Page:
That said, I do encourage the practice and feel that single parenthood, and the factors that go with/into it, is a handicap that makes it more difficult for both parent and kids to thrive.

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אורח
08 באוק׳ 2023

It’s also how society has told many women “you don’t need a man” to have a great life. I know someone who just had a baby through in vitro and didn’t have a man in her life.


Also people have started attacking “trad wife” who just want to help her husband and stay home and have kids.


Women are 50% more likely to go to college and wont take a spouse who is beneath them. So where is a guy to turn to if he wants a wife and kids? Many guys have said fuck that and stay single and do what they want.

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Richard Rider
Richard Rider
08 באוק׳ 2023

Clearly, on average, the two family household is going to raise more successful children. But it turns out that this advantage is relatively minor compared to the importance of the CULTURE of the family. Logically, an important factor in black child upbringing is the very high percent of black males raised without a father. 64% of black kids are raised in single parent households. But so are 42% of Hispanic kids. 15% of Asian kids are raised in single parent homes.


But blacks have a violent crime rate several times higher than Hispanics -- and over TWENTY TIMES HIGHER than Asians.


This huge difference in violent crime rates between races indicates that it's not primarily the single parent status that…

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Bruce Smith
Bruce Smith
09 באוק׳ 2023
בתשובה לפוסט של

Richard, you should see the work of Stephan & Abigail Thernstrom. I found their "No Excuses: Closing the Racial Gap in Learning" to be very persuasive, and gave a copy to Dick Riordan, who had already hosted the two in his living room by the time I gave him the book.

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אורח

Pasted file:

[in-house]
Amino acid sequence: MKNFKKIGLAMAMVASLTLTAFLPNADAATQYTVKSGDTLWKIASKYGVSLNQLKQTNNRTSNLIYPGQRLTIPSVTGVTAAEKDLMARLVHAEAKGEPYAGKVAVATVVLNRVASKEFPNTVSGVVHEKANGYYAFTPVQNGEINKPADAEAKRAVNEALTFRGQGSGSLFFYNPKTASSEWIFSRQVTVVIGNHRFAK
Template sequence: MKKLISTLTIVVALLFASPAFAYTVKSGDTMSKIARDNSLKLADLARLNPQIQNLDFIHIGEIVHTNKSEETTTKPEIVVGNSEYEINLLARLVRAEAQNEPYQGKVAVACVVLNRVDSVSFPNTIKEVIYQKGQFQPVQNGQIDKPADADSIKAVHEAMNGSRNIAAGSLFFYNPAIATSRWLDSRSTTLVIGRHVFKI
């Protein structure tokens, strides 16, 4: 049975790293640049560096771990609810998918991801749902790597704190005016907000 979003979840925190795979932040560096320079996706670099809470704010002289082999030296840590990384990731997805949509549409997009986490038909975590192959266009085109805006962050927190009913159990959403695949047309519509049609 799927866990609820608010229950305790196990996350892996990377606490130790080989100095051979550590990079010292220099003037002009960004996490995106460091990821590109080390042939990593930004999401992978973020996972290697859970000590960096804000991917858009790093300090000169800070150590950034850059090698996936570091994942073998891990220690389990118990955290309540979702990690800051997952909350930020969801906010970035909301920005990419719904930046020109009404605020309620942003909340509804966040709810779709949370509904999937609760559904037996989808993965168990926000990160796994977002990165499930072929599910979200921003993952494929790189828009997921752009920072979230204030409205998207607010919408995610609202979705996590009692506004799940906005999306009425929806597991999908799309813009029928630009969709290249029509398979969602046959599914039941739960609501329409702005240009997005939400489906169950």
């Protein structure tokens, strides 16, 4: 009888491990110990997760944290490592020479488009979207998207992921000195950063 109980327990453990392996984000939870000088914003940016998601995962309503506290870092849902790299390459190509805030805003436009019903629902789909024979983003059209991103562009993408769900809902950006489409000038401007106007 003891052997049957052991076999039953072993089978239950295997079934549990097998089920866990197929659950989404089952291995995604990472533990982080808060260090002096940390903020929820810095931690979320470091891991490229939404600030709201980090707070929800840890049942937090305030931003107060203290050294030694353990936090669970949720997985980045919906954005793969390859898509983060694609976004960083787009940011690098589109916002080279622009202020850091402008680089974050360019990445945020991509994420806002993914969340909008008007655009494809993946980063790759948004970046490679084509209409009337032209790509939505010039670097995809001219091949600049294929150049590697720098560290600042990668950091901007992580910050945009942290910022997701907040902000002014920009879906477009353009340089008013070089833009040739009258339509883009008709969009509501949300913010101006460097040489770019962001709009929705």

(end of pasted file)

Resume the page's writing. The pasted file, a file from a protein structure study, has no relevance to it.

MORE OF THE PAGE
08 באוק׳ 2023

There was a meme going around. A guy did something nice for a neighbor and when done, she said "Oh thank you. I could marry you". The gentleman remarked in his telling about how you try to do something nice for someone and they threaten to ruin you life.


The facts are, 70% of divorces are initiated by the woman, 90% if she's college-edumedicated. So the break up of the family lies a bit on the one side. Making disadvantaged men more "marriageable" does nothing to lower the risk that 5, 10 years later, he'll lose his home, half his assets and even access to his children in divorce. A good number of men "delete themselves" after they are den…


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אורח
08 באוק׳ 2023
בתשובה לפוסט של

College educated women are the most likely to get married and the least likely to get divorced. A good line that the Washington Post had decades ago after interviewing a large number of teen girls in a halfway house environment was the issue of too few dads versus too many dads. Black girls suffer from having no relationship with dads. Teen girls had the issue of too many dads where the mother had been married and divorced multiple times with the resulting step siblings, half siblings, and missing former step fathers. See JD Vance's book for a discrimination of how this affects males.